LET THEM GET DIRTY
Let them play in the mud and get dirt on their face.
Let them splash in puddles and get their clothes all wet.
Leave the shoes behind and let them go barefoot.
This is something I’ve been more conscious of the last few months. In a book I read recently titled There’s No Such Thing As Bad Weather, she encourages parents to let go of the urge to keep their kids clean. I honestly didn’t realize how often Parker and I were discouraging messy play.
A lot of it is subconscious! We see a potential messy situation and we say “hey wait!” But if we catch ourselves before we speak, we’ll allow our kids to play the way that they were meant to play!
Outdoor messy play engages all of the five senses. Learning in this environment is more effective because it builds stronger connections in the brain and helps children retain information.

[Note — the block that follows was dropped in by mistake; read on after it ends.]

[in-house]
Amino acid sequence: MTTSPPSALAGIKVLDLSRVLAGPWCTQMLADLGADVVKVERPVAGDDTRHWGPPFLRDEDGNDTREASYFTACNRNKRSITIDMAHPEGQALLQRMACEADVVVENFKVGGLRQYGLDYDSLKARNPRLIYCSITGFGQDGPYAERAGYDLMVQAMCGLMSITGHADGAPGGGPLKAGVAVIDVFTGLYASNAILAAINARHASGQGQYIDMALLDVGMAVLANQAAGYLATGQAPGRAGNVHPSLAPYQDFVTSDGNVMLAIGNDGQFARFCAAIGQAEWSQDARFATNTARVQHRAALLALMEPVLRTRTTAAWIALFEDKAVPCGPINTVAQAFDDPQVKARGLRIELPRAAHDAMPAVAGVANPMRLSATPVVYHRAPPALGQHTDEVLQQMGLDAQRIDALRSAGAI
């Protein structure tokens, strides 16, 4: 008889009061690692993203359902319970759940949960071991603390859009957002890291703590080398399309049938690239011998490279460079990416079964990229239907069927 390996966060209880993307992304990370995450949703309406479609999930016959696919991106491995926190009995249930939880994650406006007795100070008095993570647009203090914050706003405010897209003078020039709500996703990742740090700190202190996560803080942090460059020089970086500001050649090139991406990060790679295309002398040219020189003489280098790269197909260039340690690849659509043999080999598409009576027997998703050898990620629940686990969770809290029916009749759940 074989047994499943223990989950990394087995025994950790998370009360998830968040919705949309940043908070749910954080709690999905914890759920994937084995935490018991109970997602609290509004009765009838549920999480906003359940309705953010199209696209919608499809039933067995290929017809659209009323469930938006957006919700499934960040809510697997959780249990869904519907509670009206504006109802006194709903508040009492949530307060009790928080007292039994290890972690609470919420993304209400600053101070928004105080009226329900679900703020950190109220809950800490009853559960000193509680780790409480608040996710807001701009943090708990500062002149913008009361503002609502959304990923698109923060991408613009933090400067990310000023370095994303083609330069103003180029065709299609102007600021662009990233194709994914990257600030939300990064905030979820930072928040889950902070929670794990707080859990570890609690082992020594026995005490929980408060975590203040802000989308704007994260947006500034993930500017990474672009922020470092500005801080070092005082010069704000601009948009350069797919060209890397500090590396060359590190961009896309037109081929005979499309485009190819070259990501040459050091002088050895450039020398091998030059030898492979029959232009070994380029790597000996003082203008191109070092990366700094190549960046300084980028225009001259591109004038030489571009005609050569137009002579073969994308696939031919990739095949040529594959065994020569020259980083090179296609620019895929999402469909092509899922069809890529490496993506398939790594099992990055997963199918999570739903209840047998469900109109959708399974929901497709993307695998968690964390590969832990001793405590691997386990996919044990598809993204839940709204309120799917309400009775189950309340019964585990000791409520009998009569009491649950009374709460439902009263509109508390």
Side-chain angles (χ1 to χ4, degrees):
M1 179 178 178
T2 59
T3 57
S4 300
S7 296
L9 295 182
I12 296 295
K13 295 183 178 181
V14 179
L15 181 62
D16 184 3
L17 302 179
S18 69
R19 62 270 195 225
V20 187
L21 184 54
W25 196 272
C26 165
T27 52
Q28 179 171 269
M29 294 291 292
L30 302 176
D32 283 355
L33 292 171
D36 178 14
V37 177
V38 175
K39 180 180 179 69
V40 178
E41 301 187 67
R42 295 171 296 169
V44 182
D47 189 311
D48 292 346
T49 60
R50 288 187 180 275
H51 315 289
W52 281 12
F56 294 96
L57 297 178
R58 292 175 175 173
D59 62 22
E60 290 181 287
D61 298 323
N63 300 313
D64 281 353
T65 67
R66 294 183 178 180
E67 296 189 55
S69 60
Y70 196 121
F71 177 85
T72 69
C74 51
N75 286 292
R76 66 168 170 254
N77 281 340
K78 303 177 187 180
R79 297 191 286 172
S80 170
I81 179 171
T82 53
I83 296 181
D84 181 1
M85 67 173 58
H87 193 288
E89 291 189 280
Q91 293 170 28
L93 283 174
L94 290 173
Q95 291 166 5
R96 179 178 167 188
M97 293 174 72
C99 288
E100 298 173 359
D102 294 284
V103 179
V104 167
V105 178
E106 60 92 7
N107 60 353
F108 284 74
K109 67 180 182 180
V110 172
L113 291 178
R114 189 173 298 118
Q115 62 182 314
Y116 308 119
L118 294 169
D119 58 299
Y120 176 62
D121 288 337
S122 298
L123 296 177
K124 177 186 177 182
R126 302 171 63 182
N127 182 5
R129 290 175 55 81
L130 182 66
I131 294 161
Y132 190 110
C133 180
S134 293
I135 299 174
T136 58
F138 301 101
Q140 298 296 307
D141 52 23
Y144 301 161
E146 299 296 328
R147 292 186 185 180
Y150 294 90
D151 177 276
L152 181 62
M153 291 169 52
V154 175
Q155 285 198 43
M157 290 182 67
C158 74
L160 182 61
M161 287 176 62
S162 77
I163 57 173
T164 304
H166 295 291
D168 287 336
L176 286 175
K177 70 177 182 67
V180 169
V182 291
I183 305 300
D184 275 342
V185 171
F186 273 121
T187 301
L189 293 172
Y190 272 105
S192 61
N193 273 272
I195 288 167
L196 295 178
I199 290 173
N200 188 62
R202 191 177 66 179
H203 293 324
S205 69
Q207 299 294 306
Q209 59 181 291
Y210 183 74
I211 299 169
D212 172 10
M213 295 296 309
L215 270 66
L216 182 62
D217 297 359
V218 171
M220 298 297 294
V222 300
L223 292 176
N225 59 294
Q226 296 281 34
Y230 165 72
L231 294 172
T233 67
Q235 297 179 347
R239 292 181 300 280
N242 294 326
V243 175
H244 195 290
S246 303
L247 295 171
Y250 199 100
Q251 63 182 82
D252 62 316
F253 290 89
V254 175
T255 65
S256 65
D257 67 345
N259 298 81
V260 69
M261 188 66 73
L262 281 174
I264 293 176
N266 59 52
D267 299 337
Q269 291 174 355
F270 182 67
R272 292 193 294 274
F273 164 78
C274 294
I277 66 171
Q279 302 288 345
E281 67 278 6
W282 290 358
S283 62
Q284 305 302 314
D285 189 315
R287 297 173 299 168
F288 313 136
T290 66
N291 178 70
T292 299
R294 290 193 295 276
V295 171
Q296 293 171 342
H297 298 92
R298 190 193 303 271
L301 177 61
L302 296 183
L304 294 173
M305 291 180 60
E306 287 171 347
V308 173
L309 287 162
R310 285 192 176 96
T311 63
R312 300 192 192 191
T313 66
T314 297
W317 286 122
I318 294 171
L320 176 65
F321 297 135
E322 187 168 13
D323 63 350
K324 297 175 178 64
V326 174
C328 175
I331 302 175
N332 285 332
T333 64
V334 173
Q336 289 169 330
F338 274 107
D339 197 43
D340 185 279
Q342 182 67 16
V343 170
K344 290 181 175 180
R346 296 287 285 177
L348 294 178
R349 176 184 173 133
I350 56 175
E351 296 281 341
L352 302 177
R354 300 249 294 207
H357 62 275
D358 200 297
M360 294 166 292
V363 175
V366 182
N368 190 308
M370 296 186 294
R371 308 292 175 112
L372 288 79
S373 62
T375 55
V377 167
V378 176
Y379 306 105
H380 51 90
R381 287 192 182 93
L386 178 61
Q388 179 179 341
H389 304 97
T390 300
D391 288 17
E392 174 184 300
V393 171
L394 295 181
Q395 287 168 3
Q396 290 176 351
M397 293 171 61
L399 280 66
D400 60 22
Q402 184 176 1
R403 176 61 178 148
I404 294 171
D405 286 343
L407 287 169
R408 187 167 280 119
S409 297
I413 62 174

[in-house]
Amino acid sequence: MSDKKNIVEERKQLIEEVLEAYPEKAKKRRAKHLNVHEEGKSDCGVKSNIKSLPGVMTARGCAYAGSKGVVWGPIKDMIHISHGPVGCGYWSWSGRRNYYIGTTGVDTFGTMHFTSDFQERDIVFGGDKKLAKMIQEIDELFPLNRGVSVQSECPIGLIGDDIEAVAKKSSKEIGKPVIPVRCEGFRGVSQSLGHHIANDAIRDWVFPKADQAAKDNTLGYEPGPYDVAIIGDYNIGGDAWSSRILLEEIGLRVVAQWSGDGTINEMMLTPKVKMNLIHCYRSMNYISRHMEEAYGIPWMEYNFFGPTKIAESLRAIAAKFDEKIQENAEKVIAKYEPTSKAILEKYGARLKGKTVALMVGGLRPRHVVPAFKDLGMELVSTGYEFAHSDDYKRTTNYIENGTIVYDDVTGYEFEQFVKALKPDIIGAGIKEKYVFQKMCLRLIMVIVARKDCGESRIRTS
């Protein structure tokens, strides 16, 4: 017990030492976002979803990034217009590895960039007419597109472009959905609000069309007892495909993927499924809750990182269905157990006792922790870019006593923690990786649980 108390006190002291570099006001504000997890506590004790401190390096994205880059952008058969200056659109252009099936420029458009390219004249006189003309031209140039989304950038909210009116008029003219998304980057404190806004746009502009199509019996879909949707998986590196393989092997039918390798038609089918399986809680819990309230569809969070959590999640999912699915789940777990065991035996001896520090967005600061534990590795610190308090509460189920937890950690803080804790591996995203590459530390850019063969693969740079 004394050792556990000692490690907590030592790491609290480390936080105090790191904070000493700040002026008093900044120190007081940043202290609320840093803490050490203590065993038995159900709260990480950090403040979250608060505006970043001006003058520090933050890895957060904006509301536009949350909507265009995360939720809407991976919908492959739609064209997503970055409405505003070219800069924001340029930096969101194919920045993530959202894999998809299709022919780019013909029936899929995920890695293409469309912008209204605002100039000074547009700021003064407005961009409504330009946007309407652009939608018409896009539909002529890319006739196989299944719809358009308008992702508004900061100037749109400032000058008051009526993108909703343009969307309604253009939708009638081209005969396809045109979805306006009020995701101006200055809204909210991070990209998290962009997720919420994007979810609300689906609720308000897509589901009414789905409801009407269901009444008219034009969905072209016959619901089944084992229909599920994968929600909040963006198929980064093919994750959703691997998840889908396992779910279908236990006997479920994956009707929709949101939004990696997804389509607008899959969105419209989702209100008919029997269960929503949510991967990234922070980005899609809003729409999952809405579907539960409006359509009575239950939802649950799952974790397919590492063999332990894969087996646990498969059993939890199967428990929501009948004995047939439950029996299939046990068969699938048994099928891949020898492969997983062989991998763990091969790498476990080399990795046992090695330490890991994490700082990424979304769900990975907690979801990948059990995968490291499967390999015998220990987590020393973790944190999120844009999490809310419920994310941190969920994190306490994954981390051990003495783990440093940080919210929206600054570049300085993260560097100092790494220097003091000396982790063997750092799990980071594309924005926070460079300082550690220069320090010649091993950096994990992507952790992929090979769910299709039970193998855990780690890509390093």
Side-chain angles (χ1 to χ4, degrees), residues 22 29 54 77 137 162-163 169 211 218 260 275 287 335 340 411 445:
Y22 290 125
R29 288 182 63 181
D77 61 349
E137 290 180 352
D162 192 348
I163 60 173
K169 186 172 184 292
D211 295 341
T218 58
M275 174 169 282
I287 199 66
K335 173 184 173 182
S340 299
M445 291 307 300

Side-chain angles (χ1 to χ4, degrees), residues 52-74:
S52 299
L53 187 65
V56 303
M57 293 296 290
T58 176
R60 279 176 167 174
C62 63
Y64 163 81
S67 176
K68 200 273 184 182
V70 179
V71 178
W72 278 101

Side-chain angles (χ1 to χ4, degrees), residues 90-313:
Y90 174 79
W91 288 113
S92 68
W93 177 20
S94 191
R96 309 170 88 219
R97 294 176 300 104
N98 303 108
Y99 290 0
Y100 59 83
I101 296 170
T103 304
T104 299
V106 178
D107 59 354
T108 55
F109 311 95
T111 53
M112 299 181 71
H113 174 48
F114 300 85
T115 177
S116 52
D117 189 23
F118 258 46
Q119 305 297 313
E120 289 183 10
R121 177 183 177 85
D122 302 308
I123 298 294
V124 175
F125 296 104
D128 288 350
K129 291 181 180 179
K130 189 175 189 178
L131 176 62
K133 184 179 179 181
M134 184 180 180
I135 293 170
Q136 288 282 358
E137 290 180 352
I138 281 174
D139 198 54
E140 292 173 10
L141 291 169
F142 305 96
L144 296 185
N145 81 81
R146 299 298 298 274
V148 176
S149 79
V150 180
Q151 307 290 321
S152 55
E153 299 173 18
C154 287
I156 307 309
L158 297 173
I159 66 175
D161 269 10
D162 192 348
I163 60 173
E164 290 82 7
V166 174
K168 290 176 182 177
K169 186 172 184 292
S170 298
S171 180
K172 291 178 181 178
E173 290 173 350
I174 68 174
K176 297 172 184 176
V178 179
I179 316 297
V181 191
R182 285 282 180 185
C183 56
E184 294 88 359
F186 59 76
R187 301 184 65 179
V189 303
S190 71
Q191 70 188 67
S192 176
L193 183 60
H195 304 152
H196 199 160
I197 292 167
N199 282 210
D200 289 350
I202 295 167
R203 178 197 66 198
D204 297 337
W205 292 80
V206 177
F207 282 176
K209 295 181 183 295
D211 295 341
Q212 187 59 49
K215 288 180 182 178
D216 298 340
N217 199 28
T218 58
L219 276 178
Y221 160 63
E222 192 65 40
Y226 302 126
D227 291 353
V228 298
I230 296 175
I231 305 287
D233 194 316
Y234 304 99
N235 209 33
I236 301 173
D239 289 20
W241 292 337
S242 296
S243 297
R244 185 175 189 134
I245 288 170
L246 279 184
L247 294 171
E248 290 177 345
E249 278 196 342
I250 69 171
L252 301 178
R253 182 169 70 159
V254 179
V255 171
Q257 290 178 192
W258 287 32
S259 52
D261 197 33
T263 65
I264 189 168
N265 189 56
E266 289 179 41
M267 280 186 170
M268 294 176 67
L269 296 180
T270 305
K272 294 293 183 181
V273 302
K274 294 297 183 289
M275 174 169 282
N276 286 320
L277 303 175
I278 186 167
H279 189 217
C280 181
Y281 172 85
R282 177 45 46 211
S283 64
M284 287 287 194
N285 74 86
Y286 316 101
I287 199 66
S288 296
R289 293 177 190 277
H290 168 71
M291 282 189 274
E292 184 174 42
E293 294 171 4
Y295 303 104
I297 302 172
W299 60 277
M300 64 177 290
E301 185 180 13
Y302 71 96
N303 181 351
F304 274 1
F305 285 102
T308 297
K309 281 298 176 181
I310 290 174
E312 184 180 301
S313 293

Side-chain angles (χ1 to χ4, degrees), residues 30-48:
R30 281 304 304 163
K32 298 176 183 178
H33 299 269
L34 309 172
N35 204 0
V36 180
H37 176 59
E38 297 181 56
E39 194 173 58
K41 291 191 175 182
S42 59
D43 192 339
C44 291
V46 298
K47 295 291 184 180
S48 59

I’m also learning that dirt is actually necessary to keep to our children healthy.
As Maya Sherat-Klein writes in The Dirt Cure,
“It turns out that all the things that are messy and dirty in the world, the very things we thought we needed to control or even eliminate to stay alive, are actually the very elements necessary for robust health. Research says that bacteria, fungi, parasites, insects, weeds — and living, nutrient-dense soil full of all of those elements — play direct and critical roles in the health of our food, and by extension, the health of our children.”
I think that it’s important to become aware of how we discourage messy play. Like myself, you probably don’t even realize you’re doing it. Catch yourself before you speak. Give your children the freedom to get dirty. It will benefit their development, health and happiness.
Let’s challenge ourselves to let them get dirty. Tag us on your next messy outdoor adventure @withthewhitmores !
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